This is the most important calculation any investor needs to know. It is simply a shortcut to estimate the number of years required to double your money for a given rate of return/interest/yield.

• The rule states that if divide the rate of return / interest rate / yield into the number 72, the result is the number of years to double your money.
• It also works the other way round: if you divide the number of years to double your money into 72, the answer is the growth rate you will need.

The formula is (1+R/100)t=2(1+R/100)t=X, where X is the multiple of the money you need, to find t being the amount of time for the compounding.

If you have a return of 6%, 6 into 72 gives 12, so at 6% per year it takes 12 years to double your money.

### Return required

If you want to double your money in 8 years, 72 divided by 8 gives 9, so to double your money in 8 years you need 9% annual return.

### Effect of inflation

If you want to know how long it takes for 3% inflation to halve the purchasing power of your money, 72 divided by 3 gives 24, so at 3% annual inflation the buying power of your money drops in half in 24 years.

This is simply the basis of compounding returns; if you have a 4% return and that return itself grows at 5% per year then (72 ÷ 5) means that after 15 years your annual return has double from 4% to 8%. (If you have a pension this should start looking valuable.)

• If you take that annual yield/growth as annual income then you can see how the income grows over time.
• If you don’t take the income out, but leave it rolled up in your investment, then you will see the full value of compounding over time, so starting with £100, at a 4% yield, that yield growing at 5% per year, by the time the yield has doubled to 8% the investment of £100 has grown to £231, in a predictable way.
• This means the capital has grown at 5.75% per year through income alone, and the income/yield at year 15 is now 8% of £231, not the £100.
• If you kept the capital the same by taking out the income/yield/growth each year you will have an income of 8% x £100 = £8 each year. This is an 8% yield to cost.

• If you have left the income to compound – perhaps while you have been growing your pension – then you will have £231 x 8% = £18 each year. This is an 18% yield to cost.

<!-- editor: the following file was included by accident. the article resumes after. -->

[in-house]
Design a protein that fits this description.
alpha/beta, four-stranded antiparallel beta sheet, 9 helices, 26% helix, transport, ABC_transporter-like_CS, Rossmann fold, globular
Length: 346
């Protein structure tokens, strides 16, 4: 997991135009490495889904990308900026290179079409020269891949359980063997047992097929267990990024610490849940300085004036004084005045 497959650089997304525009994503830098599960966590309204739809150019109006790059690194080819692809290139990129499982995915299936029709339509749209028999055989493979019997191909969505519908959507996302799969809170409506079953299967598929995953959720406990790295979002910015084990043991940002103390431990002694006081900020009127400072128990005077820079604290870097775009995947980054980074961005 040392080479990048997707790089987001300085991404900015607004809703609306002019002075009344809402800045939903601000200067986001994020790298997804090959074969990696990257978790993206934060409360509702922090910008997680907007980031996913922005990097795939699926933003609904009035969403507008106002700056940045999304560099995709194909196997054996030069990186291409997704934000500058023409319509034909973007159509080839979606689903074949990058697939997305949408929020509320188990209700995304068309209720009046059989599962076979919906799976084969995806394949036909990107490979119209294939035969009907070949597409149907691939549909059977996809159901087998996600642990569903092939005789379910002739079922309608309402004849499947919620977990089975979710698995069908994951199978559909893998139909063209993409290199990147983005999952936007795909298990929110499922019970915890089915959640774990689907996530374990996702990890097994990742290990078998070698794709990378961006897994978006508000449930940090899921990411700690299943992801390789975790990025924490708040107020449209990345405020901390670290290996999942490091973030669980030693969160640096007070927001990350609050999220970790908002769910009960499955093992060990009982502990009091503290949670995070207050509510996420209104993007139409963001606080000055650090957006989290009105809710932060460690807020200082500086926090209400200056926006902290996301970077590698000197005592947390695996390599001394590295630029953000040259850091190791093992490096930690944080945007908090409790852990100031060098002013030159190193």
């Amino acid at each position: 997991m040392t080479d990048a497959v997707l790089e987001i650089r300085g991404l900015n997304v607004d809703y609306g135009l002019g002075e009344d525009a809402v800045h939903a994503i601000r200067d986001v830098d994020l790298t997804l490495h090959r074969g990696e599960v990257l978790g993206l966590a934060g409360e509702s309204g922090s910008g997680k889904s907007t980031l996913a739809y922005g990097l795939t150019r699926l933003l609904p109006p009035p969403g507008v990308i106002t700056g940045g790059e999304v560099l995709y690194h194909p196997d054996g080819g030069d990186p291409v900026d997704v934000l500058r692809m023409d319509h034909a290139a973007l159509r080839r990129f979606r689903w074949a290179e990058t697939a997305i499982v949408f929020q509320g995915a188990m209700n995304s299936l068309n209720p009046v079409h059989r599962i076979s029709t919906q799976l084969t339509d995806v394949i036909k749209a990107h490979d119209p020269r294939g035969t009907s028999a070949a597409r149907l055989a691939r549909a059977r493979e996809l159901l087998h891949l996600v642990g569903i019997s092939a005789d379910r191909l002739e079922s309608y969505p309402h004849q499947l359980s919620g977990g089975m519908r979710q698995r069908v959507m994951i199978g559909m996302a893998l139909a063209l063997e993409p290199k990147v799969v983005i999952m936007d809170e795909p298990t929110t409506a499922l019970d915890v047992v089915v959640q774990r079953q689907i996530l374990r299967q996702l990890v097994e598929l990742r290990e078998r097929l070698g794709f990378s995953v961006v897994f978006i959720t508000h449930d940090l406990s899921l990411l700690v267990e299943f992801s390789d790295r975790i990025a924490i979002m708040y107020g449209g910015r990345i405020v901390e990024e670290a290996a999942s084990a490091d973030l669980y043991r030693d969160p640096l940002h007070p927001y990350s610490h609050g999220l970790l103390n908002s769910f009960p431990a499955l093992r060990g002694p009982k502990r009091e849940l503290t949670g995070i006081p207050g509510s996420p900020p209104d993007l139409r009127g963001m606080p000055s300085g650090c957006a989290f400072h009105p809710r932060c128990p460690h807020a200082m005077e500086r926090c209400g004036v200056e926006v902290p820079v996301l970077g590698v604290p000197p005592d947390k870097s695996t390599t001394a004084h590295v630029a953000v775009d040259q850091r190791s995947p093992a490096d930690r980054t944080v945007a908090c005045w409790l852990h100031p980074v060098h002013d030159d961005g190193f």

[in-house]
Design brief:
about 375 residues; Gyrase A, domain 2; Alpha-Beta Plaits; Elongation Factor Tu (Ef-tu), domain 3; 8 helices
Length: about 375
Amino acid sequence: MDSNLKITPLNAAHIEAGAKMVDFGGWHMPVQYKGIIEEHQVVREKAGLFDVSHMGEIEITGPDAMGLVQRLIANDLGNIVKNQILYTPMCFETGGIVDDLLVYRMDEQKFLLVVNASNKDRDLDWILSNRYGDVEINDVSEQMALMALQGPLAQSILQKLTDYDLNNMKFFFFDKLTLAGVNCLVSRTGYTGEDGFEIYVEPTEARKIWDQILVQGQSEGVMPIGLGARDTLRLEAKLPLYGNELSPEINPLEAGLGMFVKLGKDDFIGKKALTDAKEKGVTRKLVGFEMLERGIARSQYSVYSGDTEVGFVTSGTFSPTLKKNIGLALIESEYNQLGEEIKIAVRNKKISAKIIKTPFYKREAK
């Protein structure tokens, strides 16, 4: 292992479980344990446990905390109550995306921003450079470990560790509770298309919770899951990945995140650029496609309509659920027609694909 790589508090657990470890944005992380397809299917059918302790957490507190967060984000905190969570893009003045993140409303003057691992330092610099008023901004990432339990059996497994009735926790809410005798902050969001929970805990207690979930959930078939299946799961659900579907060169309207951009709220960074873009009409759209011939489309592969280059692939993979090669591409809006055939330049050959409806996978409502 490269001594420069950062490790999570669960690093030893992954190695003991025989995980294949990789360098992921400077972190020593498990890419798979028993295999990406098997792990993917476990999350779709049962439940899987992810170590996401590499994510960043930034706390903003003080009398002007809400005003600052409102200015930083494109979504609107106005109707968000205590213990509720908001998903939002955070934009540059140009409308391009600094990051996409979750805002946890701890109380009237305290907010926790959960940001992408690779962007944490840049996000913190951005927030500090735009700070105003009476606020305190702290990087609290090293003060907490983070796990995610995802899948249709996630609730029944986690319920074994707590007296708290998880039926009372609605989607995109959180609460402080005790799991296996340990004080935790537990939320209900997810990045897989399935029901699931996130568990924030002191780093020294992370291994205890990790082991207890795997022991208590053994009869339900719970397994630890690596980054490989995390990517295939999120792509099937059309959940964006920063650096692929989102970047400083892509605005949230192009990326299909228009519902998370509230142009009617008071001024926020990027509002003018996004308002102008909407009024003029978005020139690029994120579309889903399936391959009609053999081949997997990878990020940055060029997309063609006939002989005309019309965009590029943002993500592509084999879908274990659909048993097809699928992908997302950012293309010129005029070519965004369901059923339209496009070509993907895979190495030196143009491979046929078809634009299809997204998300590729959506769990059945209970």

This is why we are income investors.

When dealing with low rates of return, the Rule of 72 is fairly accurate. This chart compares the numbers given by the rule of 72 and the actual number of years it takes an investment to double.

Notice that, although it gives a quick rough estimate, the rule of 72 gets less precise as rates of return become higher. Therefore, when dealing with higher rates, it's best to calculate the precise number of years algebraically by means of the future value formula.

To get a little more nerdy (as we do from time to time) we look at why this works, outlined for us by moneychimp.com.

A man called Euler, 1707-83.

If you have an initial investment principal of P, and an annual interest rate r, then after t years your investment will have a value of Pert, where e is Euler's number, an irrational number that shows up all over the place in mathematics.

### The Rule of 72 - Why it Works

The rule of 72 applies to annually compounded interest, but it's easiest to understand by looking at the case of continuously compounded interest first. We'll write P for the starting principal and r for the return rate (as a decimal); we're looking for Y to double P:

2P = PeYr

Solve for Y:

Y = ln(2) / r

The log of 2 is about equal to .69, so

Y = .69 / r

You can think of this as The Rule of 69 (multiplying the .69 by one hundred, so that the interest rate can be expressed as a percent instead of a decimal). It isn't an estimate - it's the exact answer for doubling your money, assuming that the interest is compounded continuously. It's valid for any value of r.

Solving the formula for annually compounded interest is messier:

2P = P(1 + r)Y

Y = ln(2) / ln(1 + r)

We want to approximate this as a neat fraction again,

Y = K / r

…where K is some number that will make the approximation pretty good for some ranges of r (and pretty lousy for others). We'll choose K to make the approximation work for a return rate of ten percent:

ln(2) / ln(1 + r) = K / r

ln(2) / ln(1 + .1) = K / 0.1

K = [ln(2) / ln(1.1)] x 0.1

K = .727

Now 72.7 is really closer to 73 than 72, so why isn't it The Rule of 73? Well... uh, the continuously compounded case gives you 69, so you want to round the 72.7 down instead of up... um, plus, 72 is easier to work with, since it's divisible by 12... Anyway, it's only an estimate. So, 72 it is!